Time-Saving Habits

A few weeks ago blog reader Dee Bratcher wrote:

“Thank you for all the articles, sharing of projects, etc, now I just need to find more time in a day to work on all the things I see – can you help with that?  Seriously – quick tips, streamlining processes, shortcuts and things not to shortcut would be great to learn about.  Looking forward to the next article!”

Although I can’t hand you more time to enjoy your hobby, here’s a few of my favorite time-saving habits.

1. Stock up on supplies. Nothing slows you down more than running out of the right materials for the project. Always have a variety of stabilizers and threads on hand.  Take advantage of store sales and buy in bulk if necessary.

2. Pre-cut stabilizers to fit your most popular hoops. You’ll have a stack to go to whenever you’re ready to hoop.

3. Consider purchasing extra hoops in your favorite sizes.  This way you can prepare the next hooping while the first one is stitching. My number one go-to hoop is the 5” x 7”. I have four of them and I still believe they were worth the investment.

4. Plan your project by using embroidery templates and targets.  Make the placement of the embroidery on the item with the target stickers. When you’re interrupted during the embroidery process (and who isn’t?) you’ll know where you left off.

5. Keep all materials for the project in a zip-lock plastic bag or see-through container.  This eliminates wasting time looking for misplaced items.

6. Use pre-wound bobbins or once your bobbin stash has dwindled to four, devote a 20 minutes to winding bobbins to build up your cache.

7. Line up your thread by the machine in the order you’ll be using them.  If a certain thread has to be used twice, in a different position, designate the position with a penny or other small item.

8. Keep a note pad by your machine and use it to document the position of the design in the sewing field.  If disaster strikes, you’ll be able to resume embroidering quickly.

9. Make use of post-it notes to remind yourself when to mirror image a design, rotate or duplicate it.  I stick the note right to the machine so I know that I have to apply this feature when I stitch the next design. 

10. When making changes to embroidery designs in editing software, click on Save As often and save your latest version under a new name. You’ll be able to review your work quickly and efficiently.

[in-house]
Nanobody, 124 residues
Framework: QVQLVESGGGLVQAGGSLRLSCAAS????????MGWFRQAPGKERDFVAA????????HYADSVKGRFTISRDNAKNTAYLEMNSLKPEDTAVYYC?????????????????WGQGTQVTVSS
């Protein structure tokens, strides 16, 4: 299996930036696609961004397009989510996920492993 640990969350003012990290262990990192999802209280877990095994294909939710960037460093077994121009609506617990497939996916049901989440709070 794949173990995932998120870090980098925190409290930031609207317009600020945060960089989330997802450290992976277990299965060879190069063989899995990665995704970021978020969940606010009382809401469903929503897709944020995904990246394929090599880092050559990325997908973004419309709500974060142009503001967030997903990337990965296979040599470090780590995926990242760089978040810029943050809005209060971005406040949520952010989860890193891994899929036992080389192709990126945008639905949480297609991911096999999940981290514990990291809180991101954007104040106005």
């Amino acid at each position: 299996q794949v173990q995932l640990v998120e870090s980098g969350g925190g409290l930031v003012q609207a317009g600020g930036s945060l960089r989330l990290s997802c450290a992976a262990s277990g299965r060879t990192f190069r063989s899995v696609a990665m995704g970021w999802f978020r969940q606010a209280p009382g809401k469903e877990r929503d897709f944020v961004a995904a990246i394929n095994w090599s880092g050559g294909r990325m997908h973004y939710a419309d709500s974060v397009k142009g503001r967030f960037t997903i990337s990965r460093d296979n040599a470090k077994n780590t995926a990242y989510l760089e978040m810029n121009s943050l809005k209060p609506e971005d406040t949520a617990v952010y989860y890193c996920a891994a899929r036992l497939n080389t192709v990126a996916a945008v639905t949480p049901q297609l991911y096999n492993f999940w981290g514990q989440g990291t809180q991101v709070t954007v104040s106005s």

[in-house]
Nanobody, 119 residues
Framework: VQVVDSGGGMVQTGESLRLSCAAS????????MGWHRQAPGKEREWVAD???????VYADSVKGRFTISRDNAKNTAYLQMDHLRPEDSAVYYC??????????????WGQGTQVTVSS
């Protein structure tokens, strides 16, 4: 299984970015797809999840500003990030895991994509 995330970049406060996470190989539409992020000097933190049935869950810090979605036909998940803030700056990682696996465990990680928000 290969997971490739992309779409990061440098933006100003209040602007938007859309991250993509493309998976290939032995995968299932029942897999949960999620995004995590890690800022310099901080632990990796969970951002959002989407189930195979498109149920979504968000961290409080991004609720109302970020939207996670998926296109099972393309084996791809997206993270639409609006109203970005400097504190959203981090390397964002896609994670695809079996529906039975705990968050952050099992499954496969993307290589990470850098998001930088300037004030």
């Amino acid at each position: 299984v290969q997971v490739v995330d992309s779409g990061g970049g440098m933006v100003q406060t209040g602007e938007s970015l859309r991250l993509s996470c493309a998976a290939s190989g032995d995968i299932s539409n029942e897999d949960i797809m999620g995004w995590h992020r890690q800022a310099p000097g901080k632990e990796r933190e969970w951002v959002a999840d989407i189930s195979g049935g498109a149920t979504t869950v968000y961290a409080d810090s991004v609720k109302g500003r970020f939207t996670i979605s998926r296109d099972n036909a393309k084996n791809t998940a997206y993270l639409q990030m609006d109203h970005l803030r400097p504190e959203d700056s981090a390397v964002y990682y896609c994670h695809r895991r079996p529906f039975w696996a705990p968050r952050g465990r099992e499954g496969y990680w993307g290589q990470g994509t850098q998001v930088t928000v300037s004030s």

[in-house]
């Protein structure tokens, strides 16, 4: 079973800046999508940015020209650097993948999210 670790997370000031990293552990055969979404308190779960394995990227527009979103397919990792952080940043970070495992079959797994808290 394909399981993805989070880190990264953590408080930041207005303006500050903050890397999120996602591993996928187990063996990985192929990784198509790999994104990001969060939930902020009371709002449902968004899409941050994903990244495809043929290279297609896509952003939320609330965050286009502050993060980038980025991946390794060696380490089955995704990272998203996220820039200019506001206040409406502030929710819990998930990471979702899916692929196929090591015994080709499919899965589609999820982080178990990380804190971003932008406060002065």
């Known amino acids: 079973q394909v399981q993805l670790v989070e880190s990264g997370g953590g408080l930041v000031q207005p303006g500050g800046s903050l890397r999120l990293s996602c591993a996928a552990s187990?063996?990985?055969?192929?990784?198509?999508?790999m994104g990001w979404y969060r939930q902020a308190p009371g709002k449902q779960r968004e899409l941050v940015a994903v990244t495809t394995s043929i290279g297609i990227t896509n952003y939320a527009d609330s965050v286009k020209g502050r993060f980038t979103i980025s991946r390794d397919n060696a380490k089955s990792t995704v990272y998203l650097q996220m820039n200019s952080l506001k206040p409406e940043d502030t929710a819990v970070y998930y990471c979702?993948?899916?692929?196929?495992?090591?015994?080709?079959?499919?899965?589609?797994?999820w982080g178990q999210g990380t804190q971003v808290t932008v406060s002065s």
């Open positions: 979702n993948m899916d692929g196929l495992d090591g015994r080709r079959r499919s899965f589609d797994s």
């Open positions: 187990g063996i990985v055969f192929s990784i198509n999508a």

Do you have any time saving tips that you use to keep your project flowing smoothly?  Share your tip by leaving a comment and you’ll be entered to win…30 Favorite Embroidery Tips and Techniques with Nancy Zieman and Eileen Roche!

Last week we asked you about your iron!  The winner of the $25.00 shopping spree at http://www.dzgns.com is…Bev Crabb!

“I am an auto shutoff girl. I am simply too forgetful. I have one of the older Panasonic cordless models that is great to take to retreats. There are times where taking the iron to the project rather than vice versa can be a real advantage.”

Congratulations, Bev!

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49 Comments on Time-Saving Habits

  1. Susan Wilson
    July 27, 2011 at 10:21 pm (8 years ago)

    Recently I was going to applique several t-shirts for my grandson for his birthday using my embroidery machine. I used the “assembly line” approach:
    1) I decided on all of the designs I would use
    2) I choose all of the fabrics I would use and ironed Heat N Bond on each
    3) I sprayed a temporary fabric adhesive on the back of each t-shirt and put the stablisher on each
    4) I enjoyed stitching the appliques
    Thanks

    Reply
  2. Anne Marie Reilly
    July 27, 2011 at 11:36 pm (8 years ago)

    I keep a 6 inch basket with a plastic liner in it next to my machine. When I clip a thread it goes right into the basket which makes cleaning up easier late on. When clipping a thread, I hold it taut with a tweezer so I can clip it closer to the project and not leave a tail.

    Reply
  3. Berenice Trickett
    July 27, 2011 at 11:42 pm (8 years ago)

    I keep a small spiral notebook next to my machine and write down the name of pattern I am using, where it is in my computer or discs and which color threads I used on specific items. I also note if I did any tweaking on the project. It saves me lots of time looking for it if someone wants to reorder.

    Reply
  4. Greta
    July 27, 2011 at 11:52 pm (8 years ago)

    I make a lot of burp cloths and have found that the assembly line works best for me. If I try to do them one at a time it is easier to stop what I am doing after the first is done.

    I also have all my stabilizers at hand and ready, fast frames clean, full bobbin, threads are filed in drawers according to family so I can get the ones I want quickly.

    The slowest part of the process is threading my machine… once all 10 needles are primed it begins. Today I made 3 burps start to finish and embroidered 2 blankets… a good days work 😀

    Greta

    Reply
  5. Michele McLean
    July 28, 2011 at 12:06 am (8 years ago)

    I use and empty egg carton for my threads you can hold 12 colors and not worry if they might get mixed up, when a color I need to use twice I skip the spot in the carton and if more than 12 colors I just use another carton.

    Reply
    • Joyce Iverson
      July 28, 2011 at 4:58 pm (8 years ago)

      I saved and clean the narrow sticks from corn dogs when the grands have them, number the top and stick them in top of the spools in the order they are to sew out. Can put more than one stick in if used more than once.

      Reply